MORGAN: Doesn't the endless exchange of rockets and missiles exacerbate the real problem, which is the way so many people in Gaza, the one and a half million who are crammed in, feel oppressed and helpless, that they associate themselves with a group like Hamas because they offer them the only thing they're being offered by anybody, and all they're seeing are Israeli missiles firing over and they just buy into this notion that Israel is the enemy.

MITCHELL: Well, it certainly makes it more difficult, there's no doubt about that. But the fact is that since Hamas took power, there have been largely truces between them and Israel. This is not a new situation. We went through it in late '08 and '09. Egypt then and now took the lead in negotiating. The circumstances, though, are quite dramatically different in a geopolitical sense now.

Israel wants to stop the rocketing. Clearly a desirable objective from their standpoint. And they want to make it to try to deter future action by making this punishment severe but what they don't want to do is lose Egypt. A high strategic value to Israel is its peace treaties with Israel and Jordan and the circumstances in Egypt now are different than they were --


MORGAN: And very difficult for President Morsi.

MITCHELL: Morsi. Very difficult.

MORGAN: I mean, he's in a very, very difficult position. He's obviously trying to not alienate the Americans and the Israelis, but at the same time, he's very aware of a lot of rising anger amongst the Arab community about what is going on there.

MITCHELL: That's right. Every leader in this conflict and in this region faces competing pressures. For Morsi, it is just the ones you described. They are the Muslim Brotherhood. Hamas is an offshoot. Mubarak opposed and severely contained the Muslim Brotherhood. Morsi is now part of them or they are part of their effort, and he has this conflict.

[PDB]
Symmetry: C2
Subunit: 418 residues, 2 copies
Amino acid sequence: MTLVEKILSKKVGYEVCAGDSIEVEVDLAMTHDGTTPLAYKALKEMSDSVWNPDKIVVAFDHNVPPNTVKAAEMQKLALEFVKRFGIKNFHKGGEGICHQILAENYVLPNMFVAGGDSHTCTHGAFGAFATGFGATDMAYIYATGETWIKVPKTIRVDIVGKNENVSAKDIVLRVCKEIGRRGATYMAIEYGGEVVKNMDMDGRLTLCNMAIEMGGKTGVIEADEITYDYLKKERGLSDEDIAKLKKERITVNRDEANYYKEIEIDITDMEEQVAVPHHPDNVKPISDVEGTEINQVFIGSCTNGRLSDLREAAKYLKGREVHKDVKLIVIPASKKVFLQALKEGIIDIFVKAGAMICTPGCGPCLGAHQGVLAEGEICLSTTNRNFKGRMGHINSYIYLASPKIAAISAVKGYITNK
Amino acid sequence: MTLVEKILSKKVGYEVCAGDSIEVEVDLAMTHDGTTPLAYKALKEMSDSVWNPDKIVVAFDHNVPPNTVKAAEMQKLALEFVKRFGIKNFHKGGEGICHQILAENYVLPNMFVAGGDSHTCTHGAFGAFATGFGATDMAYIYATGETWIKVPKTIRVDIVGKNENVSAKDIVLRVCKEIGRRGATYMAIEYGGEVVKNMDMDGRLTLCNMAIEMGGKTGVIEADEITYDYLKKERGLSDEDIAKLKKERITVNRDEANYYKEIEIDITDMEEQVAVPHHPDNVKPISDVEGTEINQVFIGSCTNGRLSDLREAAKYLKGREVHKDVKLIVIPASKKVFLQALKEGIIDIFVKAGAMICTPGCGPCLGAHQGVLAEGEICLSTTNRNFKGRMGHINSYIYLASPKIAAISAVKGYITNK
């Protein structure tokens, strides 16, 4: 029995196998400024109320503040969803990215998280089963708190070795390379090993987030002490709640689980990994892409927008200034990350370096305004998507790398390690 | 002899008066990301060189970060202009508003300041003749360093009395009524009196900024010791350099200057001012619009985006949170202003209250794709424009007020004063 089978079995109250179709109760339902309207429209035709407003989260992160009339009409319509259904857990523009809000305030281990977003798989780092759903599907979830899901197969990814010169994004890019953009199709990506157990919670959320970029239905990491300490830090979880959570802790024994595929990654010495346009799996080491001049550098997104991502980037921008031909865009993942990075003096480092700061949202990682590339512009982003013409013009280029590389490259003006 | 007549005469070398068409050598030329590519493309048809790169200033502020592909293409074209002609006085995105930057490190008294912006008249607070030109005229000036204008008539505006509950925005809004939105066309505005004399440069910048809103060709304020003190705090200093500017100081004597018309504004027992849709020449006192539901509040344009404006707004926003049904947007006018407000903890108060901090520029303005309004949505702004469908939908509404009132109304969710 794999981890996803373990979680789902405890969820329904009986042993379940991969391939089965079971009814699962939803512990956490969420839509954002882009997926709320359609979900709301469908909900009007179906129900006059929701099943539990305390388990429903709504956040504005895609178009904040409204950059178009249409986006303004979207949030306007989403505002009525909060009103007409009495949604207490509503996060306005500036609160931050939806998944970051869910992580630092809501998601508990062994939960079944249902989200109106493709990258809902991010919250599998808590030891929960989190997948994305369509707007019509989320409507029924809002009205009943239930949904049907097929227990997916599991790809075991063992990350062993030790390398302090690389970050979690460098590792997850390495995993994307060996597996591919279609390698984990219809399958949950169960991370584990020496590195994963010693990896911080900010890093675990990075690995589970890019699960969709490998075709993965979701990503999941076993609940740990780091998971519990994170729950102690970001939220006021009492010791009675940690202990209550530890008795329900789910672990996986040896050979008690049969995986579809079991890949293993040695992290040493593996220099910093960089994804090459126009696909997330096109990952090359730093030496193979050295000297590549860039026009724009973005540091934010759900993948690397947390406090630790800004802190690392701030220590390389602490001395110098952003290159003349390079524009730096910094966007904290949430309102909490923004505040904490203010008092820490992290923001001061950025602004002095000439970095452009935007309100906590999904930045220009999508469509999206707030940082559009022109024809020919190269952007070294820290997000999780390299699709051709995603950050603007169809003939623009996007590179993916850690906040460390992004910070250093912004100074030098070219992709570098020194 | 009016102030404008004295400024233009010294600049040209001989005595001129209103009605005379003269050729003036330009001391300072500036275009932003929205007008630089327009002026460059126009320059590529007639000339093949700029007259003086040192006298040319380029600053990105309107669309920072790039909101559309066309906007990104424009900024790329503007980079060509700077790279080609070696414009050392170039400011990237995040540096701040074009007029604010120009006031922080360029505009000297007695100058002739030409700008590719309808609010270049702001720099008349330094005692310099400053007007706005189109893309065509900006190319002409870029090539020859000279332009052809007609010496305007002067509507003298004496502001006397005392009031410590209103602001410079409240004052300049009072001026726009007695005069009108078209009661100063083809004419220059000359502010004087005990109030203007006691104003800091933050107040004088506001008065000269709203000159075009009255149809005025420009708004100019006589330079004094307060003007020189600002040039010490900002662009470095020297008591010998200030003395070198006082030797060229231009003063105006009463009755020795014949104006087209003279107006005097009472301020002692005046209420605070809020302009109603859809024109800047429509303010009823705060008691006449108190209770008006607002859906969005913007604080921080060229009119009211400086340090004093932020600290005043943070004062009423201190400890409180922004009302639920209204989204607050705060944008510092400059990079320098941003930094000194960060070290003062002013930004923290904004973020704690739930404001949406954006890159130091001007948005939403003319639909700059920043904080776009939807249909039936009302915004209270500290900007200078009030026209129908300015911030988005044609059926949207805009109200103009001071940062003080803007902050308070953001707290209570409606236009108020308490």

It's tough on Hamas as well, but they could end this by stopping firing the rockets, and that would then hopefully focus attention on the very issues that you have described, I think, emphasizing the problem that the people there face.

MORGAN: Because there are innocent people on both sides being slaughtered here, indiscriminately, many would say.

MITCHELL: That's right.

MORGAN: Talk about the influence of Iran. Because Shimon Peres very, very strong about Iran. He clearly believes as many Israelis do Iran is financing, training, supplying weapons that can now shoot in possibly Tel Aviv and Jerusalem.

How real do you think that link is between Iran and Hamas?

MITCHELL: It is real. It is similar to the link, although not as close and intense, as between Iran and Hezbollah. Iran clearly has an objective. It is not new. It didn't start with this Iranian regime. It goes back a very long time, of extending its influence into the Persian Gulf and now particularly in the modern era to take control over the petroleum resources of the Gulf. And part of that is by establishing essentially what are proxy armies in the region.